Boing! Docomodake DS Review
Forgive me for being pessimistic, but the second I come across any sort of film or television ‘tie-in’, the alarm bells start ringing and I immediately assume the worst. Imagine then, the levels of skepticism when first loading up Boing! Docomodake, a game based not on a blockbuster movie, or a hit TV show, but the mascot of a telecommunications network in Japan. It’s the equivalent of BT commissioning a first person shooter featuring that bloke from ‘My Family’, then releasing it in a country lucky enough to have never heard of him.
Things aren’t as grim as they may appear however, and Boing! Docomodake feels fresh and interesting despite its obvious role as an advertisement for NTT Docomo. At its most basic, Boing! is a 2D puzzle platformer akin to the likes of Kirby’s Magic Paintbrush and Yoshi’s Island DS, and although it never quite reaches the level of excellence of either title, it manages to hold its own in a market already saturated with the genre. Controlling Papa Docomodake, the game takes place over 7 different worlds that he must traverse in search of various Docomodake family members who have mysteriously disappeared mere days before the annual mushroom festival. In terms of structure it’s a fairly standard affair, but getting from A to B is where Boing! begins to impress.
Movement, jumping, and crouching are all controlled via the directional pad (or face buttons for lefties), with a double tap in either direction to perform a funny little sprint/roll . Its all pretty typical stuff, but by utilising the stylus it’s possible to drag smaller mushrooms out of Papa Docomodake, decreasing his size in the process. These so-called ‘minis’ can then be manipulated in all sorts of different ways, stacking them to create ladders to unreachable areas or throwing them at enemies as projectile weapons to name just a few. Once they’ve served their purpose, a quick double tap of the hand that floats above Papa Docomodake (to differentiate him from the crowds of up to 15 minis that can appear later in the game) sees them whisked back to their host from anywhere on the level.
More than just a gimmick, the ability to move the duplicated minis around the level turns Boing! into a compelling little puzzle game. Beginning fairly simple, and evolving into complicated tasks that fill entire stages, the puzzle elements can require a surprising amount of thought, despite the majority being of the tried and tested switch-opens-door variety. And although more often than not arriving at the exit will be fairly straight forward, getting there and having collected all the coins and treasure chests that litter the game’s stages is a completely different matter. Each post-level debriefing screen displays a rank based on speed and treasure collected – obtaining the coveted S rank will require some fast footwork and some skilled use of the mini mushrooms.
It’s this ranking system that’s most likely to keep people playing after the initial five hour run-through, because Boing! certainly isn’t the longest of games. Just as everything falls into place, it’s over. There are a host of unlockable items such as in-level music and ‘art work’ that can be bought with the treasure collected throughout the game, but most of this is pretty pointless, and it’s hard not to feel as though the skills developed over each stage haven’t really had the chance to be used to their full potential. It isn’t just longevity where the game falls short, either.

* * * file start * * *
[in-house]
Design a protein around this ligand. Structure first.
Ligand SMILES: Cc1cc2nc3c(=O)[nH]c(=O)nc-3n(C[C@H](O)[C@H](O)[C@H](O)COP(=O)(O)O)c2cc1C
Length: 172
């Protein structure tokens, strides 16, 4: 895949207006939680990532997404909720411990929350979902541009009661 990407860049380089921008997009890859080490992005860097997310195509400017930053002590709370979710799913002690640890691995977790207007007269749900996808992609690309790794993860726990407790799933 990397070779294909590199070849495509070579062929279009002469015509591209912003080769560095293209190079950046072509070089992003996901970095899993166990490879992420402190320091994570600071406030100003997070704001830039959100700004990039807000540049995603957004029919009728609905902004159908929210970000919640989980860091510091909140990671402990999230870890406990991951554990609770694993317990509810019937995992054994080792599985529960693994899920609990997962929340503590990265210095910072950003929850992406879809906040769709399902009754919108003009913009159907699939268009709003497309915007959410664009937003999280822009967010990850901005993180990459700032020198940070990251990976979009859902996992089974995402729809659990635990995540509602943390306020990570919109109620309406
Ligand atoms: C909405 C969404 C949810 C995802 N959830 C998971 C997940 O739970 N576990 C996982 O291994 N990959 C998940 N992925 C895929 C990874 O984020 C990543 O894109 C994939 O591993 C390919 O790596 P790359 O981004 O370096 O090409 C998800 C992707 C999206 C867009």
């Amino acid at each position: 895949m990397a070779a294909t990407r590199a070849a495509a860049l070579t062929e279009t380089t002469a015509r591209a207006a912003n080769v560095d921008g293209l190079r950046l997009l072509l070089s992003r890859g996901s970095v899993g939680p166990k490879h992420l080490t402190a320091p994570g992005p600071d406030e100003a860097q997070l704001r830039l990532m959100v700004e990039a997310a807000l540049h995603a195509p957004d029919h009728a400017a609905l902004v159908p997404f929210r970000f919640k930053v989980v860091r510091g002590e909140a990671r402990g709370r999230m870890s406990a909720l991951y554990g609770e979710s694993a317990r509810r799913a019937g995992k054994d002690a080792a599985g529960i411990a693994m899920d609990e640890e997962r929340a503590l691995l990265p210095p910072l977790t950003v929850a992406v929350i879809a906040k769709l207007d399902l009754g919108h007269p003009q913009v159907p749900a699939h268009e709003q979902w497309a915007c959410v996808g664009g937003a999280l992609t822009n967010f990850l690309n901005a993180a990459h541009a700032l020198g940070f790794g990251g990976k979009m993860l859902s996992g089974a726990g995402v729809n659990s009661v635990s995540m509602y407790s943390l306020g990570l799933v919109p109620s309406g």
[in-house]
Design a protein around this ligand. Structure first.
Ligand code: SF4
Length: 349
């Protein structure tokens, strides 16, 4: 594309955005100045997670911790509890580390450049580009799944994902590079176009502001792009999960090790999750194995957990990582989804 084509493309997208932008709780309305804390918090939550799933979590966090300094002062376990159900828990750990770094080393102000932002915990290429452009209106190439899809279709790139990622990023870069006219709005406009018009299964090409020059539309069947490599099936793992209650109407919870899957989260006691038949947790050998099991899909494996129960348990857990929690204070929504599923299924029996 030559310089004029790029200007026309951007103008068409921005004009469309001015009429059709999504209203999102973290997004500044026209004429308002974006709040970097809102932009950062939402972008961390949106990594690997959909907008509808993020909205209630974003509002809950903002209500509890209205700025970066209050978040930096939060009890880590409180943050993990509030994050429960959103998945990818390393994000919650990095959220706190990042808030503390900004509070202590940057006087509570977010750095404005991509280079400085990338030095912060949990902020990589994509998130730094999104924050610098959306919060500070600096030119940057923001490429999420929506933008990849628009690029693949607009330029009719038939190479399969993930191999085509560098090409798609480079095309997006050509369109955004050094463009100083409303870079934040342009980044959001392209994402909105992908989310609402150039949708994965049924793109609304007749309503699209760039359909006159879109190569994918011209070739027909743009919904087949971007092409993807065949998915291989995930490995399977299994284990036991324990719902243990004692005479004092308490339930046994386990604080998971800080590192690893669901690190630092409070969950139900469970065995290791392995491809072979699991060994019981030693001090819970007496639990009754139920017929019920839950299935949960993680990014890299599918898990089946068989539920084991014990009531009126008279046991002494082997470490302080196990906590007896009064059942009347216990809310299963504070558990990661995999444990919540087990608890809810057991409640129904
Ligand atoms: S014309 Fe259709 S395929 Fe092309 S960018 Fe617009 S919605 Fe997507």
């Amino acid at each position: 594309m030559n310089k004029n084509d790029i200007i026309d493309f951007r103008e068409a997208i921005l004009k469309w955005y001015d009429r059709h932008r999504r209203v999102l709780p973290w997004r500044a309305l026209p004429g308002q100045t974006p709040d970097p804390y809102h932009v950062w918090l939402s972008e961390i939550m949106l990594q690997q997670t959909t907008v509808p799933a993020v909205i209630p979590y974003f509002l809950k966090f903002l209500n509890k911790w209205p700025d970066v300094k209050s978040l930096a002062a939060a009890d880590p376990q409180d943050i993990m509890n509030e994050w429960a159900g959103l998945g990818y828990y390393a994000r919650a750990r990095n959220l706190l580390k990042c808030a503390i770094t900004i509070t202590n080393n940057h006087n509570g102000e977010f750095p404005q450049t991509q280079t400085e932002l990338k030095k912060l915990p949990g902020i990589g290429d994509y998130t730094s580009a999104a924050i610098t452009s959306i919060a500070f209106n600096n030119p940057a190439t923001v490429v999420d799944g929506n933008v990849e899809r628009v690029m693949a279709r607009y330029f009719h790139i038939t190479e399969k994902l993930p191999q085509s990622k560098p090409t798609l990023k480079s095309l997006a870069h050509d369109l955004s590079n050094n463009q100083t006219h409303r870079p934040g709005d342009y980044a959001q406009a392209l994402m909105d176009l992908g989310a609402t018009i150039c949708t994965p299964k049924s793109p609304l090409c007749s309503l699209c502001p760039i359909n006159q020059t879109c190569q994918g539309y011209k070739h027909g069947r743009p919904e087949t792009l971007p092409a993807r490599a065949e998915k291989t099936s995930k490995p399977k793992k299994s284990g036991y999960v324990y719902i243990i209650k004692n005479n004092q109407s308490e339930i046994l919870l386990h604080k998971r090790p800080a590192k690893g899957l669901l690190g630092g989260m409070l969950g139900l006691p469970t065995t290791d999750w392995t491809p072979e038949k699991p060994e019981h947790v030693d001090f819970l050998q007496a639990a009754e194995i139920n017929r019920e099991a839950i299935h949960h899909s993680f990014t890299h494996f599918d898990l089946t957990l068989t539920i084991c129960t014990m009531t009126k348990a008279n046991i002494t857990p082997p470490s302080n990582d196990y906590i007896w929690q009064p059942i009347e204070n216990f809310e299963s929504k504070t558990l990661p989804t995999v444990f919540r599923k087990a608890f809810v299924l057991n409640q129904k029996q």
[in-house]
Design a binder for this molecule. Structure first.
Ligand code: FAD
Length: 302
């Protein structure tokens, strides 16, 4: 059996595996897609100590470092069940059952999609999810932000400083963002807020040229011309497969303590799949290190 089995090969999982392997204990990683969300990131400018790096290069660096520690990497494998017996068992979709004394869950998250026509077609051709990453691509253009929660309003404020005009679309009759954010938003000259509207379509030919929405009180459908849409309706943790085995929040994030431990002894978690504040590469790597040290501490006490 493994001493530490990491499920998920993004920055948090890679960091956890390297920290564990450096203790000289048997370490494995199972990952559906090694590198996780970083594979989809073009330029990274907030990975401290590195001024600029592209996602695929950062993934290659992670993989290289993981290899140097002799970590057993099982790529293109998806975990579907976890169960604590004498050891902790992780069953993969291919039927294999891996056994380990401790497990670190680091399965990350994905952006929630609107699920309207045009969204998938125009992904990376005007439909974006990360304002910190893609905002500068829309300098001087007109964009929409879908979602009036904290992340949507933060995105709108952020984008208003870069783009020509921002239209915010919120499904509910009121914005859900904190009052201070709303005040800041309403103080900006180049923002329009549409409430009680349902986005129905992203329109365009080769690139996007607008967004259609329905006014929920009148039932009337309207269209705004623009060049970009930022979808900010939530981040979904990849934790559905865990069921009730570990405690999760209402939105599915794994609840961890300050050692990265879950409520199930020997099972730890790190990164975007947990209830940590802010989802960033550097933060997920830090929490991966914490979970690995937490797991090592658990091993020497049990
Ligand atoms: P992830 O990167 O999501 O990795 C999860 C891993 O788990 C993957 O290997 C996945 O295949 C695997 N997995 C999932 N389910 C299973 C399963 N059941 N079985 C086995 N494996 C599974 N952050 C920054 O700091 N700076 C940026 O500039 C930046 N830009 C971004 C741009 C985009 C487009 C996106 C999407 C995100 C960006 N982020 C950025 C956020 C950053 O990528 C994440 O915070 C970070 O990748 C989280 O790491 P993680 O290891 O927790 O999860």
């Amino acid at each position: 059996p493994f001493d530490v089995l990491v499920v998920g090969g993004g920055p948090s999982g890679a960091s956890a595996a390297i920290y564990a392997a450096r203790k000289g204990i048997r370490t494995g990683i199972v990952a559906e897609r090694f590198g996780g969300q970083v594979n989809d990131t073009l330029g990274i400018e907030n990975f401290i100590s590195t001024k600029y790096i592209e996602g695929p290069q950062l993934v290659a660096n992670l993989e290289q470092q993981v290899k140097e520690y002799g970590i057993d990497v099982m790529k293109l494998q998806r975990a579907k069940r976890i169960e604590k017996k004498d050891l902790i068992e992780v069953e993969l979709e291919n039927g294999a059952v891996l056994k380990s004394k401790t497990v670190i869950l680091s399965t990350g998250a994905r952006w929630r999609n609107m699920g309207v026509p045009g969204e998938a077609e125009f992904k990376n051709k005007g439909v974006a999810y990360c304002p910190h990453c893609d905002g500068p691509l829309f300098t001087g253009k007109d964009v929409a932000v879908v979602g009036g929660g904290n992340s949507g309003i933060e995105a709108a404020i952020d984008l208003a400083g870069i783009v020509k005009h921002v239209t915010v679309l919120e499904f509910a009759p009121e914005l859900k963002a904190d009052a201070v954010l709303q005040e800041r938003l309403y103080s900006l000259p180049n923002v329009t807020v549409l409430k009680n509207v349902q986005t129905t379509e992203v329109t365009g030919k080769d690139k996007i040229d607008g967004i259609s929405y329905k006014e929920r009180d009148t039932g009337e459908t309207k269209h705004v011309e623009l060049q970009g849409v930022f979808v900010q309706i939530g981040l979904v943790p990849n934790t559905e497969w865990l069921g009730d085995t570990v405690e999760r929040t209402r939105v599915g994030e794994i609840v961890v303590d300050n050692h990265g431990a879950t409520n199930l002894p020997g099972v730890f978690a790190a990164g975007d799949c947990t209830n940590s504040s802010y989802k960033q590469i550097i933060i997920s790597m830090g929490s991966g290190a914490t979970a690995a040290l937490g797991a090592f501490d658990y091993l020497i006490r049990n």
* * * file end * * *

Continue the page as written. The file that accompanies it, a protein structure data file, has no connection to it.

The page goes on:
Although the concept of using the directional pad to
control a character’s full movement allows for simultaneous use of the stylus to control other on-screen elements, running and jumping can be extremely fiddly, especially when using the DS Lite’s less than brilliant d-pad. There are times when a simple jump can take several minutes, resulting in stress, and sometimes tears. That said, it’s hard to hold it against AQ Interactive because control of Papa Docomodake and his army of minis is so inventive, and the puzzles so refreshingly different, that it’s difficult to stay angry for too long.
Adding to this is the game’s overall character; it’s bold, cheery and filled with all sorts of wonderful little touches. Whether these are intentional or not is uncertain, there are a few smirk-inducing moments which seem to be more of a breakdown in the translation stages than anything else. Each level ends with a short epilogue about the importance of family, told in a Zen-like way and making absolutely no sense whatsoever, but it’s funny and charming and that’s all that matters. The game’s soundtrack is equally entertaining, if not a little repetitive, with amusing themes on each level complementing the surreal plot.
Boing! Docomodake is a difficult game to gauge. At times it can be painfully frustrating – with some puzzles requiring a complete level-restart if failed initially – and it’s criminal just how short it is. But on the contrary, Boing! is filled with intuitive puzzles, a genuinely creative control scheme, and some truly amusing moments. It’s a little rough around the edges, but is a great puzzler with plenty of new ideas to bring to the genre. Corporate cash-in or not, Boing! has proven to be a delightful surprise, and at a time in which most DS games are sticking to the same easy money-making formulas, AQ Interactive have risked trying something different and have ultimately succeeded.